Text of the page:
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Identification and Functional Characterization of G6PC2 Coding Variants Influencing Glycemic Traits Define an Effector Transcript at the G6PC2-ABCB11 Locus

  • Anubha Mahajan,

    Affiliation Wellcome Trust Centre for Human Genetics, Nuffield Department of Medicine, University of Oxford, Oxford, United Kingdom

  • Xueling Sim,

    Affiliation Department of Biostatistics and Center for Statistical Genetics, University of Michigan, Ann Arbor, Michigan, United States of America

  • Hui Jin Ng,

    Affiliation Oxford Centre for Diabetes, Endocrinology and Metabolism, Radcliffe Department of Medicine, University of Oxford, Oxford, United Kingdom

  • Alisa Manning,

    Affiliation Program in Medical and Population Genetics, Broad Institute, Cambridge, Massachusetts, United States of America

  • Manuel A. Rivas,

    Affiliation Wellcome Trust Centre for Human Genetics, Nuffield Department of Medicine, University of Oxford, Oxford, United Kingdom

  • Heather M. Highland,

    Affiliation Human Genetics Center, The University of Texas Graduate School of Biomedical Sciences at Houston, The University of Texas Health Science Center at Houston, Houston, Texas, United States of America

  • Adam E. Locke,

    Affiliation Department of Biostatistics and Center for Statistical Genetics, University of Michigan, Ann Arbor, Michigan, United States of America

  • Niels Grarup,

    Affiliation The Novo Nordisk Foundation Center for Basic Metabolic Research, Faculty of Health and Medical Sciences, University of Copenhagen, Copenhagen, Denmark

  • Hae Kyung Im,

    Affiliation Department of Health Studies, Biostatistics Laboratory, The University of Chicago, Chicago, Illinois, United States of America

  • Pablo Cingolani,

    Affiliations School of Computer Science, McGill University, Montreal, Quebec, Canada, McGill University and Génome Québec Innovation Centre, Montreal, Quebec, Canada

  • Jason Flannick,

    Affiliations Program in Medical and Population Genetics, Broad Institute, Cambridge, Massachusetts, United States of America, Department of Molecular Biology, Massachusetts General Hospital, Boston, Massachusetts, United States of America

  • Pierre Fontanillas,

    Affiliation Program in Medical and Population Genetics, Broad Institute, Cambridge, Massachusetts, United States of America

  • Christian Fuchsberger,

    Affiliation Department of Biostatistics and Center for Statistical Genetics, University of Michigan, Ann Arbor, Michigan, United States of America

  • Kyle J. Gaulton,

    Affiliation Wellcome Trust Centre for Human Genetics, Nuffield Department of Medicine, University of Oxford, Oxford, United Kingdom

  • Tanya M. Teslovich,

    Affiliation Department of Biostatistics and Center for Statistical Genetics, University of Michigan, Ann Arbor, Michigan, United States of America

  • N. William Rayner,

    Affiliations Wellcome Trust Centre for Human Genetics, Nuffield Department of Medicine, University of Oxford, Oxford, United Kingdom, Oxford Centre for Diabetes, Endocrinology and Metabolism, Radcliffe Department of Medicine, University of Oxford, Oxford, United Kingdom, Department of Human Genetics, Wellcome Trust Sanger Institute, Hinxton, Cambridgeshire, United Kingdom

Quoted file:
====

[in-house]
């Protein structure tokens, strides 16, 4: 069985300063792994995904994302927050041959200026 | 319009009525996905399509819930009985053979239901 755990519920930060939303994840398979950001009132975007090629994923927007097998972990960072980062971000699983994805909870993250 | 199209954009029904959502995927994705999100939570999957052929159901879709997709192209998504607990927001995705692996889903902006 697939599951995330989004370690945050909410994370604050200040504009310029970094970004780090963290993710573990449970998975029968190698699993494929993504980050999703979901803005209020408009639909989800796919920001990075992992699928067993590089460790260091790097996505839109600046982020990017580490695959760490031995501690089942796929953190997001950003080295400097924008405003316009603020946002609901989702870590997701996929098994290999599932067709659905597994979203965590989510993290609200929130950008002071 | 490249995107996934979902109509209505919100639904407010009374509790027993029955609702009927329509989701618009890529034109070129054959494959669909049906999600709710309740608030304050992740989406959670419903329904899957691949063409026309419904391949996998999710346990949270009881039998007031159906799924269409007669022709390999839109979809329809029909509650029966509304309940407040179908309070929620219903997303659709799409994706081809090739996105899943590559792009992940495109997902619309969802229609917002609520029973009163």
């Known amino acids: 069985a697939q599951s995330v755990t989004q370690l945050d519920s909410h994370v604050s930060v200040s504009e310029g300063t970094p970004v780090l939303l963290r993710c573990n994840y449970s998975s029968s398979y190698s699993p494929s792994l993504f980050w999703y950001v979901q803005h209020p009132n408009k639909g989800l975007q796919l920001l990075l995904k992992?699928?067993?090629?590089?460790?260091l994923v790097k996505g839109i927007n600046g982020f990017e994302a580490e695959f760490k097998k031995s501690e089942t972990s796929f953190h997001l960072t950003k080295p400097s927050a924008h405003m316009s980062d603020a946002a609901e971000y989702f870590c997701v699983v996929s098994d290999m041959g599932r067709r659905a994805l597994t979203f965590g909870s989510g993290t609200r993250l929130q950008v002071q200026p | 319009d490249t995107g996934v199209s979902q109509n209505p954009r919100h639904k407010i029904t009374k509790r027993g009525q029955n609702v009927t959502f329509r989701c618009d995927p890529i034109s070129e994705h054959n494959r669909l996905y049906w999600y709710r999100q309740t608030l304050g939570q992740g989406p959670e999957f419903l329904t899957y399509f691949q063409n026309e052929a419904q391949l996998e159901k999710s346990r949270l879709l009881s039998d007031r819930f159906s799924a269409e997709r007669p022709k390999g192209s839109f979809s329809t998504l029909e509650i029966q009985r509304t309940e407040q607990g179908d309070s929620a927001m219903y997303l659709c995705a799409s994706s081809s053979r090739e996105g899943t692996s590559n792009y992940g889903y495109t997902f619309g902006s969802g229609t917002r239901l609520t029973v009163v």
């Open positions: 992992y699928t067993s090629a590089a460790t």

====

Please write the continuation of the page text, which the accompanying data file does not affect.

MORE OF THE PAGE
• Neil R. Robertson,

    Affiliations Wellcome Trust Centre for Human Genetics, Nuffield Department of Medicine, University of Oxford, Oxford, United Kingdom, Oxford Centre for Diabetes, Endocrinology and Metabolism, Radcliffe Department of Medicine, University of Oxford, Oxford, United Kingdom

  • Nicola L. Beer,

    Affiliation Oxford Centre for Diabetes, Endocrinology and Metabolism, Radcliffe Department of Medicine, University of Oxford, Oxford, United Kingdom

  • Jana K. Rundle,

    Affiliation Oxford Centre for Diabetes, Endocrinology and Metabolism, Radcliffe Department of Medicine, University of Oxford, Oxford, United Kingdom

  • Jette Bork-Jensen,

    Affiliation The Novo Nordisk Foundation Center for Basic Metabolic Research, Faculty of Health and Medical Sciences, University of Copenhagen, Copenhagen, Denmark

  • Claes Ladenvall,

    Affiliation Department of Clinical Sciences, Diabetes and Endocrinology, Lund University Diabetes Centre, Malmö, Sweden

  • Christine Blancher,

    Affiliation High Throughput Genomics, Oxford Genomics Centre, Wellcome Trust Centre for Human Genetics, Nuffield Department of Medicine, University of Oxford, Oxford, United Kingdom

  • David Buck,

    Affiliation High Throughput Genomics, Oxford Genomics Centre, Wellcome Trust Centre for Human Genetics, Nuffield Department of Medicine, University of Oxford, Oxford, United Kingdom

  • Gemma Buck,

    Affiliation High Throughput Genomics, Oxford Genomics Centre, Wellcome Trust Centre for Human Genetics, Nuffield Department of Medicine, University of Oxford, Oxford, United Kingdom

  • Noël P. Burtt,

    Affiliation Program in Medical and Population Genetics, Broad Institute, Cambridge, Massachusetts, United States of America

  • Stacey Gabriel,

    Affiliation Program in Medical and Population Genetics, Broad Institute, Cambridge, Massachusetts, United States of America

  • Anette P. Gjesing,

    Affiliation The Novo Nordisk Foundation Center for Basic Metabolic Research, Faculty of Health and Medical Sciences, University of Copenhagen, Copenhagen, Denmark

  • Christopher J. Groves,

    Affiliation Oxford Centre for Diabetes, Endocrinology and Metabolism, Radcliffe Department of Medicine, University of Oxford, Oxford, United Kingdom

  • Mette Hollensted,

    Affiliation The Novo Nordisk Foundation Center for Basic Metabolic Research, Faculty of Health and Medical Sciences, University of Copenhagen, Copenhagen, Denmark

  • Jeroen R. Huyghe,